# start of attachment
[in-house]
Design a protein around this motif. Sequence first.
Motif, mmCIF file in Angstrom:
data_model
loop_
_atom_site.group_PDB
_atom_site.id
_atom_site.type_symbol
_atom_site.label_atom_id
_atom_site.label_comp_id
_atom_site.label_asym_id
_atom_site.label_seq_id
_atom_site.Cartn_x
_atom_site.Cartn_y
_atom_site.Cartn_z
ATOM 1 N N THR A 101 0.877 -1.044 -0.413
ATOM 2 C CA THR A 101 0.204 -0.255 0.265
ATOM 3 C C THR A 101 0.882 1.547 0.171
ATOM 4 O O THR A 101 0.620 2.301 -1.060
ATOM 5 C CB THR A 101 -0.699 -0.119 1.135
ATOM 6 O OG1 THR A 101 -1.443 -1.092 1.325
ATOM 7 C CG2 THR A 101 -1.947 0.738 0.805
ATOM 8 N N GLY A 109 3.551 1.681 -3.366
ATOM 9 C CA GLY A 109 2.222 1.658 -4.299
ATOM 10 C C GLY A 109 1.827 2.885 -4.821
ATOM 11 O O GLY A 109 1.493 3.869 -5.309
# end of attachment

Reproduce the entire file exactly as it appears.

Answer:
[in-house]
Design a protein around this motif. Sequence first.
Motif, mmCIF file in Angstrom:
data_model
loop_
_atom_site.group_PDB
_atom_site.id
_atom_site.type_symbol
_atom_site.label_atom_id
_atom_site.label_comp_id
_atom_site.label_asym_id
_atom_site.label_seq_id
_atom_site.Cartn_x
_atom_site.Cartn_y
_atom_site.Cartn_z
ATOM 1 N N THR A 101 0.877 -1.044 -0.413
ATOM 2 C CA THR A 101 0.204 -0.255 0.265
ATOM 3 C C THR A 101 0.882 1.547 0.171
ATOM 4 O O THR A 101 0.620 2.301 -1.060
ATOM 5 C CB THR A 101 -0.699 -0.119 1.135
ATOM 6 O OG1 THR A 101 -1.443 -1.092 1.325
ATOM 7 C CG2 THR A 101 -1.947 0.738 0.805
ATOM 8 N N GLY A 109 3.551 1.681 -3.366
ATOM 9 C CA GLY A 109 2.222 1.658 -4.299
ATOM 10 C C GLY A 109 1.827 2.885 -4.821
ATOM 11 O O GLY A 109 1.493 3.869 -5.309